The health of a teenager’s skin is related to his or her degree of self-efficacy. Recent research has shown that young people with low self-efficacy have more skin problems than people with high self-efficacy.
Many people feel their skin to be itchy. But a study of more than 2,500 teenagers (aged 17 to 19 years) by the University of Oslo in Norway demonstrates that the incidence of itchiness is double among people with little confidence compared to people who are confident in what they are and do. Previous research had already shown that high self-efficacy may improve the immune system. Future studies will analyse whether therapies to recover self-efficacy can be useful in treating skin problems.
Eating fruits and vegetables is not just healthy. It also makes us more attractive by changing the colour of our skin. Six weeks of small changes to the diet are enough to produce positive effects.
A reddish-yellowish skin tone is associated with good health and is attractive to the opposite sex. The curious thing is that this also happens with species other than humans. A study by the University of St Andrews in Scotland shows that our skin acquires a reddish-yellowish tone from the carotenoids contained in fruit and vegetables, which, when consumed daily, improve peripheral circulation. In just six weeks, three daily servings of fruit or vegetables will make us sexier. Although the study was done with Caucasians, scientists believe the effect would also be noticeable in dark skin.
Acne is not dangerous, but it affects three quarters of the population worldwide, most especially individuals between 11 and 30 years of age, for whom it is a serious aesthetic problem. Current treatments are of limited effectiveness. But soon we may have more effective solutions.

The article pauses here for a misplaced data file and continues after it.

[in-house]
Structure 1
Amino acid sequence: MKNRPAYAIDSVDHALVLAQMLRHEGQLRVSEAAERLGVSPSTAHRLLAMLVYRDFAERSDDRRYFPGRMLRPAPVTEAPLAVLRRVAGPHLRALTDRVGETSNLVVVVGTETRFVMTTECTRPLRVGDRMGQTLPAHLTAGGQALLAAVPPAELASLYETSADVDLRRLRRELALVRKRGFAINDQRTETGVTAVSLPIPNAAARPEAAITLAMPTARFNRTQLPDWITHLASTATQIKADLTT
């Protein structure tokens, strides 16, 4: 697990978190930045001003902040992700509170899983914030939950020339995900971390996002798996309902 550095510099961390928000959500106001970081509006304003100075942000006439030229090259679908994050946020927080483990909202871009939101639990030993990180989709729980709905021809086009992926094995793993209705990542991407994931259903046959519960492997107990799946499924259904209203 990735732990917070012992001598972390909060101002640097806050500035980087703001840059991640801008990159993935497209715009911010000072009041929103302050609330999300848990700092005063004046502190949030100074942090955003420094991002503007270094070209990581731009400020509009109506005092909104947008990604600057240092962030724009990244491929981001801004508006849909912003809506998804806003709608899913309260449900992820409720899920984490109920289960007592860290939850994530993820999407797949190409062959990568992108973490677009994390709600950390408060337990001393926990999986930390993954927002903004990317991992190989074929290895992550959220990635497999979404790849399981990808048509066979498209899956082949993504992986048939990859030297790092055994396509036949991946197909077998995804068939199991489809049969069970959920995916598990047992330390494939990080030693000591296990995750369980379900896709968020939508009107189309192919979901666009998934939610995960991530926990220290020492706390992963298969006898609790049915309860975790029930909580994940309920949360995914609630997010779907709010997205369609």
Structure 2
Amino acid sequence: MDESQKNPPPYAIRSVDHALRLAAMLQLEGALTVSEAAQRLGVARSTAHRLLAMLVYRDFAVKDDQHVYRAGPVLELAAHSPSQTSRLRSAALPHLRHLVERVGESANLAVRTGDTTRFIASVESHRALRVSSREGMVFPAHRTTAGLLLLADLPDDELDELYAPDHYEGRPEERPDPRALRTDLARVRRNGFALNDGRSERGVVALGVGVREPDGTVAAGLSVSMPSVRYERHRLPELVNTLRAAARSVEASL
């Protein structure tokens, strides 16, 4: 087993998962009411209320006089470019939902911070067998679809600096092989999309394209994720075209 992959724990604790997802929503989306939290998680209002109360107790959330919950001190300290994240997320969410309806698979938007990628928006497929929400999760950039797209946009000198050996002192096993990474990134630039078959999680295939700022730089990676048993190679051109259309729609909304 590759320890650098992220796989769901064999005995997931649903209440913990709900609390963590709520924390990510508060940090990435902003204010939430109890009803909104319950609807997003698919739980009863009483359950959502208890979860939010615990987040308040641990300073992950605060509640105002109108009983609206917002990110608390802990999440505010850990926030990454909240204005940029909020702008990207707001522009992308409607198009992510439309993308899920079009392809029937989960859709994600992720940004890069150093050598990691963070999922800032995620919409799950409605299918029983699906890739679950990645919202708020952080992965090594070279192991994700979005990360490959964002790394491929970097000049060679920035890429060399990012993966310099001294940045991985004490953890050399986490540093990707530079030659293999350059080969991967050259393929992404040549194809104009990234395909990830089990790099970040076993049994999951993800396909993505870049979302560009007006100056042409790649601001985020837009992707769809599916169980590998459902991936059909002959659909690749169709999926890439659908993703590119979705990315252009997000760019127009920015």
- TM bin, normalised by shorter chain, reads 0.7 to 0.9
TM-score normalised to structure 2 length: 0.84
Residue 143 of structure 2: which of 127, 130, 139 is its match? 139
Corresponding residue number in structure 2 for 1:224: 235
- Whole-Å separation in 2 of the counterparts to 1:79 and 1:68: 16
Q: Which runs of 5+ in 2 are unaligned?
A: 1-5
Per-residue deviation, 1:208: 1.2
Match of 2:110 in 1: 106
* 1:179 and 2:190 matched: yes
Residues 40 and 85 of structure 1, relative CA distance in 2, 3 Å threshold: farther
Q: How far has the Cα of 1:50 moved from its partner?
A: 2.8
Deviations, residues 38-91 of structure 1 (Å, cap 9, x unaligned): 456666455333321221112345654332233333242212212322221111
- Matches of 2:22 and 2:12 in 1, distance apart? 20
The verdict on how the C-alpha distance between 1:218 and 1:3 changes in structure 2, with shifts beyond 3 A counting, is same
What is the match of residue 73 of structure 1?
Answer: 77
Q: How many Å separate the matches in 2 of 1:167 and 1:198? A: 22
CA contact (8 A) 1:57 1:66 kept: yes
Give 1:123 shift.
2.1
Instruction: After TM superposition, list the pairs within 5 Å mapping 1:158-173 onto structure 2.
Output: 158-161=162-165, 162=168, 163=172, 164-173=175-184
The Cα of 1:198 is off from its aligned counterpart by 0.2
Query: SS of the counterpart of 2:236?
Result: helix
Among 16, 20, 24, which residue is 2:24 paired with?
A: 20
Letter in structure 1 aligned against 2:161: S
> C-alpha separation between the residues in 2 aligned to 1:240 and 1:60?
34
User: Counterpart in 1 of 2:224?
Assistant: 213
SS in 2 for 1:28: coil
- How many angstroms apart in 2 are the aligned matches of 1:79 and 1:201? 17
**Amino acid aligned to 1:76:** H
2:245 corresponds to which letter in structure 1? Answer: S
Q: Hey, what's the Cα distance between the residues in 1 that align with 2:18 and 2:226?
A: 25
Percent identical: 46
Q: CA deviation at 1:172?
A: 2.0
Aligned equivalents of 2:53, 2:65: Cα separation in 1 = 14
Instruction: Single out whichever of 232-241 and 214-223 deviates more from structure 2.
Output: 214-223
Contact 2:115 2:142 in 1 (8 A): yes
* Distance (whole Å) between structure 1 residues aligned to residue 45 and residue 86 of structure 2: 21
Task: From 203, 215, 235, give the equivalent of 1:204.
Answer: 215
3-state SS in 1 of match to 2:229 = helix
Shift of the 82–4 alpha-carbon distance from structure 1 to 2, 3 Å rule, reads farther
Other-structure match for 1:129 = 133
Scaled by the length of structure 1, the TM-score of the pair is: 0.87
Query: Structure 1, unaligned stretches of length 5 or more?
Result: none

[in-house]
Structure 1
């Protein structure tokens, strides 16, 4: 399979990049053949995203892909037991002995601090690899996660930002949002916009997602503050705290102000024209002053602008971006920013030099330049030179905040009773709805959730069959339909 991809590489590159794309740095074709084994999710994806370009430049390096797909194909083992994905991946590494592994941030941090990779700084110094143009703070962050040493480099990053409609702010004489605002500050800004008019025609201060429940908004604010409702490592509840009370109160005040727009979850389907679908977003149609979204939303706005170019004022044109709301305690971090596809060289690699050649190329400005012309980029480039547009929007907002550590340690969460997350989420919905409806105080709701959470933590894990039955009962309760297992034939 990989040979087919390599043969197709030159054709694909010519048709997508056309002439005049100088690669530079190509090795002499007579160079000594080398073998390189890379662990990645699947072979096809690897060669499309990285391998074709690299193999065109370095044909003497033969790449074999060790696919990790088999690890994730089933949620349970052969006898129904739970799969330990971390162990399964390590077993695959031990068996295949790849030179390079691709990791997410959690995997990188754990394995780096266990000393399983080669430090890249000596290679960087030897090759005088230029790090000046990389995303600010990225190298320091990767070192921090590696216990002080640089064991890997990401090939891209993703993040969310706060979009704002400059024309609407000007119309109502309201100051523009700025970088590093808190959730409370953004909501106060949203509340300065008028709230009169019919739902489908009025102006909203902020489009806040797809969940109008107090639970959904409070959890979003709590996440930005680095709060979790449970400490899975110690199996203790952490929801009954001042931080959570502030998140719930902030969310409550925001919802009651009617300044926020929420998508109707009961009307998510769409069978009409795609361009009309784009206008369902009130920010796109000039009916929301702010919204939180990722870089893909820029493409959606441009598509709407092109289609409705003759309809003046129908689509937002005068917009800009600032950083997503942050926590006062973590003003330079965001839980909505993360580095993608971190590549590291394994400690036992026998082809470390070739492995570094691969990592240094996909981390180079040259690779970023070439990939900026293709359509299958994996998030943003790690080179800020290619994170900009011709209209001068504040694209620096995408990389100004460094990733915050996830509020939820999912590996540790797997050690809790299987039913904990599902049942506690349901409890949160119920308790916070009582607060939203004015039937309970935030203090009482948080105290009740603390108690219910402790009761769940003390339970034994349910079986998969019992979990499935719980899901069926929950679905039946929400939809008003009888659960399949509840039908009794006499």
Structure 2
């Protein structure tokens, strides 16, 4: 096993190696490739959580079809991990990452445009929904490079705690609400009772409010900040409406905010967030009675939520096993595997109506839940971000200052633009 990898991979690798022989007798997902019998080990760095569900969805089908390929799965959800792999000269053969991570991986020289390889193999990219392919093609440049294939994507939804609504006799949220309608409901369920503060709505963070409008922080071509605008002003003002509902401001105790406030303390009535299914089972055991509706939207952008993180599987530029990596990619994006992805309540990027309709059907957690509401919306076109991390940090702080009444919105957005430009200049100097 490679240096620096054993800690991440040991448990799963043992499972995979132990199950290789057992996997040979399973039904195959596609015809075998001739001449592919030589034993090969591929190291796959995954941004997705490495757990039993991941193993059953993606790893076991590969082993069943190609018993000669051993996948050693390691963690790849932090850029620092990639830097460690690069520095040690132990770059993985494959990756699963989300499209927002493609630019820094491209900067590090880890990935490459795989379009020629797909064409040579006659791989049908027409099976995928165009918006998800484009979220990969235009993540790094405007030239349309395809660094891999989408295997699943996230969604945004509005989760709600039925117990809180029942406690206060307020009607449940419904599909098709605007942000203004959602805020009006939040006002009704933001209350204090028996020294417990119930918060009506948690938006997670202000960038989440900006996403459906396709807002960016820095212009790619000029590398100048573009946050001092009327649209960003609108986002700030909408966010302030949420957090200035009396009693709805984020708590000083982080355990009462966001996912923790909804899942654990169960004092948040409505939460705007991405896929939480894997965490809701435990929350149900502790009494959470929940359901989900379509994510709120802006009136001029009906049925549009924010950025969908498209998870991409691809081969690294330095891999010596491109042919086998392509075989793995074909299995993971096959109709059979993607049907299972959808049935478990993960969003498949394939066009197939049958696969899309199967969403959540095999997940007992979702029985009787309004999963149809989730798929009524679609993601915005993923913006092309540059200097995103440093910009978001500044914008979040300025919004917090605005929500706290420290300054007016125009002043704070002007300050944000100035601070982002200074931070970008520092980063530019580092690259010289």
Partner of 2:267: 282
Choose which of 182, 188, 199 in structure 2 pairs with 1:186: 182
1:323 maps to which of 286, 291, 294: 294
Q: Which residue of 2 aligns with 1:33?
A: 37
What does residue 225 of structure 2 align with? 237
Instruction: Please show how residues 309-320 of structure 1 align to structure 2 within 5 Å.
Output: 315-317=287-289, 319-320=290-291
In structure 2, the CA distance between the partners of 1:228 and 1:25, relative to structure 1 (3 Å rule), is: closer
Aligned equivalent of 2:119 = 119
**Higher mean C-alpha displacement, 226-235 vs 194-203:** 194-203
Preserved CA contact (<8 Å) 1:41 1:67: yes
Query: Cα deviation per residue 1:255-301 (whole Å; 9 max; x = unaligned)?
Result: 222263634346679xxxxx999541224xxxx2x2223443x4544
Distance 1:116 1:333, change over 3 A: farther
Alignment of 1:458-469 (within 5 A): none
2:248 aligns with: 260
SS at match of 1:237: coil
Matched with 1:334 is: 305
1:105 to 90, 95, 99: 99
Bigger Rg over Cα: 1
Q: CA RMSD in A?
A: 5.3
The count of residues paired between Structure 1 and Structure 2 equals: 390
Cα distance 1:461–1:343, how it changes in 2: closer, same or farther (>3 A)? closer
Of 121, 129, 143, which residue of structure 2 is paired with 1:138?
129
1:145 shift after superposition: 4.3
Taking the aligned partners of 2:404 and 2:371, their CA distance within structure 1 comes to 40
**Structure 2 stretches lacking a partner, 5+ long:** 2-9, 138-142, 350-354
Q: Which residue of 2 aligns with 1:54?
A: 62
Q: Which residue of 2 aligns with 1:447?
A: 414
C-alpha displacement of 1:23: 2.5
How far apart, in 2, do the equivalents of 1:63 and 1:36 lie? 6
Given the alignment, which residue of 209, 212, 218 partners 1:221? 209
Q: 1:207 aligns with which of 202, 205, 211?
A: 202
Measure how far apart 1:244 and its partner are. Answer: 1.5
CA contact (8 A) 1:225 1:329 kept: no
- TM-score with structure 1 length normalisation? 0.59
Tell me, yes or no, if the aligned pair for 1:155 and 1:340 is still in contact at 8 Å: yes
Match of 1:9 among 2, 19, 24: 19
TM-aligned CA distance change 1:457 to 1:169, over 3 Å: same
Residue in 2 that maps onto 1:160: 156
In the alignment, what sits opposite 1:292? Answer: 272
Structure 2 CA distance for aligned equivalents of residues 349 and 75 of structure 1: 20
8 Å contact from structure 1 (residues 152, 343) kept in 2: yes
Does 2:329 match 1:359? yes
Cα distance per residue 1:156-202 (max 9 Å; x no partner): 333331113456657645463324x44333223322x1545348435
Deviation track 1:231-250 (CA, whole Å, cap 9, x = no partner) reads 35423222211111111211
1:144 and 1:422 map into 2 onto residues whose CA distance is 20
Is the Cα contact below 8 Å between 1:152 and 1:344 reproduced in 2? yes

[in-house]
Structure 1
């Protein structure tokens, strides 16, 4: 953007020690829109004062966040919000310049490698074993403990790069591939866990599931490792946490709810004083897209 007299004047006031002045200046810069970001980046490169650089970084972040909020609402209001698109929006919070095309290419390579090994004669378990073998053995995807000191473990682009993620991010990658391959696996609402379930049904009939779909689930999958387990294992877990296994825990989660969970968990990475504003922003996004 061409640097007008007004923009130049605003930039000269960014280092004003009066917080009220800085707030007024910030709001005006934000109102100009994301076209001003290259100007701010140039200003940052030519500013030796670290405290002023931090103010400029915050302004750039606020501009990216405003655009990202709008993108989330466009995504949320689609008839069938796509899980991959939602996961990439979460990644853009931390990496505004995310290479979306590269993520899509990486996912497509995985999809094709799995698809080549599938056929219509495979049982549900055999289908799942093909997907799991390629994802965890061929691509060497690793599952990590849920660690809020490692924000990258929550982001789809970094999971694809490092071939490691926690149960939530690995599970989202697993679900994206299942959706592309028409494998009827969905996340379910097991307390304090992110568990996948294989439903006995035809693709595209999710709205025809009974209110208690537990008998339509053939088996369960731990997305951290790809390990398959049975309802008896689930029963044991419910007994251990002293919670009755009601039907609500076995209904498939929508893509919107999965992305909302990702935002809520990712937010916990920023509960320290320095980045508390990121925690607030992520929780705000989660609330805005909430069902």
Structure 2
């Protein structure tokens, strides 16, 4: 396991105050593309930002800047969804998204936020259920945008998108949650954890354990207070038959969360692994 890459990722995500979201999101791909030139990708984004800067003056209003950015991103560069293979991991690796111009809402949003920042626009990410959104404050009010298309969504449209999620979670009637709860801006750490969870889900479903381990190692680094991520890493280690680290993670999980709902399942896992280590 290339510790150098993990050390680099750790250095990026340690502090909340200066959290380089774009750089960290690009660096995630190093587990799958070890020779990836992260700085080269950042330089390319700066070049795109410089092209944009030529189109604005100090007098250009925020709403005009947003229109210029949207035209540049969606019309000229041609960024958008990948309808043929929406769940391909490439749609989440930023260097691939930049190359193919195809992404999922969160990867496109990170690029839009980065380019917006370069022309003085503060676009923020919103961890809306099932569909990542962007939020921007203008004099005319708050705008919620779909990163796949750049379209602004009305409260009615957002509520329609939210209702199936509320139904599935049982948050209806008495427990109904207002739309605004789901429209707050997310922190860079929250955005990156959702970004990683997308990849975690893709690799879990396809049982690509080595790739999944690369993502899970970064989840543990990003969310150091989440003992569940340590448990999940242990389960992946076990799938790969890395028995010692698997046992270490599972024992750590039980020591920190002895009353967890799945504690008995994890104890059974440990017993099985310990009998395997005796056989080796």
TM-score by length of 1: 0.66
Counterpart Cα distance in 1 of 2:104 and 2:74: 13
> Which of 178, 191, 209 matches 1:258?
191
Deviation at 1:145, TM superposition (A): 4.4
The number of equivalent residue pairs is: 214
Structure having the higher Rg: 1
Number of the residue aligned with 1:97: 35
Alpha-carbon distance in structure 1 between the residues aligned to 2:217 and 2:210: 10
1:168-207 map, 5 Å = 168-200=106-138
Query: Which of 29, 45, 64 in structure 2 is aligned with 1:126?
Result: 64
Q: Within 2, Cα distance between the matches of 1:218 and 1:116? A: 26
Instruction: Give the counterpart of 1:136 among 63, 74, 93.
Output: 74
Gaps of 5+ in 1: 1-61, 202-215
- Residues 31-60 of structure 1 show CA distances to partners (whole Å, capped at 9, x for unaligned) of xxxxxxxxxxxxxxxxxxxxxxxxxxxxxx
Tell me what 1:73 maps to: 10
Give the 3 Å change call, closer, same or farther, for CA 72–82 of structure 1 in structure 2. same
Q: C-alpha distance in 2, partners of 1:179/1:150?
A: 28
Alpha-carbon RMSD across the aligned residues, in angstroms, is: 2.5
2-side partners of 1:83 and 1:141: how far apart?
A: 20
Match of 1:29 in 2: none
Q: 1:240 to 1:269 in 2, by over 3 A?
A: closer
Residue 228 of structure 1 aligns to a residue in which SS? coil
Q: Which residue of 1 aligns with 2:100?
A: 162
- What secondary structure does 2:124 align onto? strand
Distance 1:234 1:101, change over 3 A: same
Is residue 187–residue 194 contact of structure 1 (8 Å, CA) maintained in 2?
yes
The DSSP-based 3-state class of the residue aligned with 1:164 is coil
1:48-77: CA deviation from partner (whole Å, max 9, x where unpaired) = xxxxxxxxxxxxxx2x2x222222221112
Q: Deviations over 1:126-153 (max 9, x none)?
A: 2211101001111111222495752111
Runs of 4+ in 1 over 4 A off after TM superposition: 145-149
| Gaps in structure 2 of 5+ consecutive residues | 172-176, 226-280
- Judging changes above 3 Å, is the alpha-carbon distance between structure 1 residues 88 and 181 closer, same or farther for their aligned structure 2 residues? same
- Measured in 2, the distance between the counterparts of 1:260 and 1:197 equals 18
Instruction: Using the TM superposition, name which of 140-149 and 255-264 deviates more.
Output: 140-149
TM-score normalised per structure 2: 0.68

Acne is an inflammatory disorder which originates in the overproduction of sebum (oil) by the sebaceous glands of the skin. The sebum blocks the hair follicles, which eventually become infected. The cause of this infection is the bacterium Propionibacterium acnes. Read More
Eye colour could indicate whether a person has a high or low risk of certain skin diseases. People with blue eyes are less likely to suffer from vitiligo, whereas people with brown eyes develop fewer melanomas.
Vitiligo is an autoimmune disease of the skin that causes pigment loss and light spots on skin and hair, while melanoma is the most dangerous of the skin cancers. Nature Genetics has published a study on 3,000 people with vitiligo that identifies 13 new genes associated with this disease. The statistical study shows that people with light-coloured eyes represent half of all vitiligo patients. The authors also conclude that people with dark eyes should therefore have fewer melanomas.